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Written by: Jessica Hindman
Release date: February 12
Why it's a great book: A stranger-than-fiction memoir, Sounds Like Titanic recounts Hindman's collegiate experience joining a touring orchestra, to make ends meet, led by an eccentric composer/conductor only to find out that her (somewhat lackluster) skills as a violinist is moot: The orchestra "plays" major sold-out concerts to a recording of the music, and no one in the audience is any the wiser. She never names names, but a quick Google search will turn up the juicy con.

Written by: Niviaq Korneliussen 
Release date: January 15
Why it's a great book: There are exactly zero writers from Greenland, a country with a population the size of New Brunswick, New Jersey, that have become household names in the United States. Try to name one, I dare you. Hopefully that changes with queer, Greenlandic author Niviaq Korneliussen's breakout novel (translated into English by Anna Halager), an absorbing and sad coming-out tale centered around five young adults in the writer's home country's capital city of Nuuk. Korneliussen takes care to make the background of the city, particularly its nightlife and smallness, come alive as her characters grapple with their identities and complicated, entwined relationships, on top of the country's entrenched homophobia and distinct neuroses.
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Written by: Juliet Grames
Release date: April 23
Why it's a great book: This hefty Italian-American novel of a young woman's jarring emigration from her quiet life on the Italian countryside to Connecticut scans Scorcesean, with all the surprising twists, unexpected violence, and intimately honest scenes of a struggling family. The beating heart, though, is the many near-death experiences of the eldest Fortuna daughter, Stella, who seems to be cursed to a life of bad luck yet overcomes through sheer force of will. 

Written by: Kwame Onwuachi
Release date: April 9
Why it's a great book: Already optioned as a movie starring LaKeith Stanfield as Chef Kwame Onwuachi, Notes From a Young Black Chef finds Onwuachi (with help from Joshua David Stein) telling his own version of the highly publicized rise and fall of his ambitious, boundary-pushing D.C. restaurant Shaw Bijou at 27 years old. He saves most of that, and his time on Top Chef, for the end, focusing the majority of the book on his difficult youth, uneven family, and finding his love of cooking, lacing his anecdotes with practical recipes, coalescing into a hilarious, affecting, and tightly written memoir.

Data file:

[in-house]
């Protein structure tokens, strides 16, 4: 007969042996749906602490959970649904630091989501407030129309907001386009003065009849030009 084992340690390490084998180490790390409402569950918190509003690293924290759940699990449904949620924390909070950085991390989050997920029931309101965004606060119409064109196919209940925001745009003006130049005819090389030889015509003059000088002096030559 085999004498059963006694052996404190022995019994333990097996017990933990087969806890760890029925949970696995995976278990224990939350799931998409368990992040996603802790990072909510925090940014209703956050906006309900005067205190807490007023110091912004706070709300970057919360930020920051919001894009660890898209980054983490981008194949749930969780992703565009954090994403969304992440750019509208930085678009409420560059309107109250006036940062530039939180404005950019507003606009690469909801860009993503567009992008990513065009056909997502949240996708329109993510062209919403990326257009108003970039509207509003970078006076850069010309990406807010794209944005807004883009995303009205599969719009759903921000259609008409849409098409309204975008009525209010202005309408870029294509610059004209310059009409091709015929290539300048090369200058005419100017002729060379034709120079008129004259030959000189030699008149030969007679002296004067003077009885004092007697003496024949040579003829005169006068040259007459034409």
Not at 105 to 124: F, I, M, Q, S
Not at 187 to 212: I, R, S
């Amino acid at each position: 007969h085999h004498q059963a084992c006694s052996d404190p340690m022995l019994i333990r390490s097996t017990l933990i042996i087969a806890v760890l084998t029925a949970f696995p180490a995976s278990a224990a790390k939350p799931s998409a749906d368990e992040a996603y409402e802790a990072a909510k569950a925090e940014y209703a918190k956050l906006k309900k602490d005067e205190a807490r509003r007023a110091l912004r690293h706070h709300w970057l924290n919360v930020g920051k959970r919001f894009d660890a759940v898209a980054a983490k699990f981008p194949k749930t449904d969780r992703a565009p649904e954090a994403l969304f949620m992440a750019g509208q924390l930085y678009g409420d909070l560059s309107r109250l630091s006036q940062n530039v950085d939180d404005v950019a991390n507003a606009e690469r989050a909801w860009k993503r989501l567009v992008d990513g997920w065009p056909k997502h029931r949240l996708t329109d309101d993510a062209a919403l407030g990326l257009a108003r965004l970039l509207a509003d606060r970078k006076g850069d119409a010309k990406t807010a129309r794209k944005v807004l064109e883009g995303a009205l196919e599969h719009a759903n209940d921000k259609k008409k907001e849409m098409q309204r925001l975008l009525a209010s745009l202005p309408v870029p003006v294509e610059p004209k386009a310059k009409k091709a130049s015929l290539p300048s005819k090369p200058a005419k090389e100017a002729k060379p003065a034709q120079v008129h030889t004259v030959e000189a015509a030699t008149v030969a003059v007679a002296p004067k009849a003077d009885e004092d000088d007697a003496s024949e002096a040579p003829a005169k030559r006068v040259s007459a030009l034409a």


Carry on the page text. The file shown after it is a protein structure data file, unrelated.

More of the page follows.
41. Naamah

Written by: Sarah Blake (Mr. West, Let's Not Live on Earth)
Release date: April 9
Why it's a great book: Sarah Blake's Naamah would most succinctly be summed up as a biblical tale, but doing so would be a great disservice to those who'd be turned off by such a description and a total act of sacrilege to those who might gravitate towards it. (For evidence, check out the Goodreads reviews!) As a retelling of Noah and the ark, Naamah discards everything but the skeleton that you might have known about the Old Testament story, turning the parable into a visceral, sexy, and surreal struggle of life aboard a boat with wild animals after God kills the world's population through the Great Flood told entirely from the perspective of Noah's wife, Naamah. Doing away with any ancient pretenses, Blake writes with a thoroughly modern (and feminist) flare -- you won't find any "thou oughts" here. Instead, expect crises of faith written with the same frankness of the sex scenes, an angel kind of abusing its infinite power, and daydreaming asides of God as a being with three penises.
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Written by: Kristen Arnett (Felt in the Jaw)
Release date: June 4
Why it's a great book: Kristen Arnett is the internet's queer librarian folk hero, and Mostly Dead Things, her debut novel, has been anticipated with much salivating and anxious pacing at least since the launch of her debut story collection, Felt In the Jaw, in August 2017, and probably since before that. It's a novel she calls a "lesbian domestic": queer, but not a coming-out story, it deals with a family reeling from the suicide of its patriarch, a messy love triangle in which two of the three wheels are siblings and the third disappeared without a word long ago, and a mother making pornographic art using her late husband's taxidermied animals. Oh, right: its protagonist, Jessa-Lynn, is a hard-drinking Floridian taxidermist. You haven't read anything like it.
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Written by: Jenny Odell
Release date: April 9
Why it's a great book: Artist, writer, and Stanford professor Jenny Odell's screed against society's obsession with productivity and optimization is a call for activism cloaked in a self-help book. Positing concrete steps to "do nothing" (an accessible way of framing concepts like conscientious objection), analyzing dropping out movements (ie. communes in the '60s), and engaging with philosophical and political texts, Odell's bestseller has been a leftist revolutionary manifesto and capitalist course correction hiding in plain sight.

Written by: Jeff VanderMeer (Southern Reach Trilogy, Borne)
Release date: December 3
Why it's a great book: His Southern Reach Trilogy proved to be a mainstream success, but Jeff VanderMeer has been writing into a brand new universe, equally as enticing and able-minded about the perils of our dying planet. Dead Astronauts takes us deeper into the City, the setting he created for his previous two books, the 2017 novel Borne and its companion novella, The Strange Bird. The world-building in the novel is a true display of mastery: We begin with three characters hellbent on destroying the City as an act of vengeance toward the nefarious Company, which has done irreparable damage to the surrounding environment. That's where worlds, plural, come into play, the narrative twisting and contorting to reveal the grand effects of ecological calamity. In the simplest sense, Dead Astronauts is a tale of man versus nature, and it's a book that'll leave you breathless and thinking not only about the future but also the past and all that you'd wish you could go back and do differently.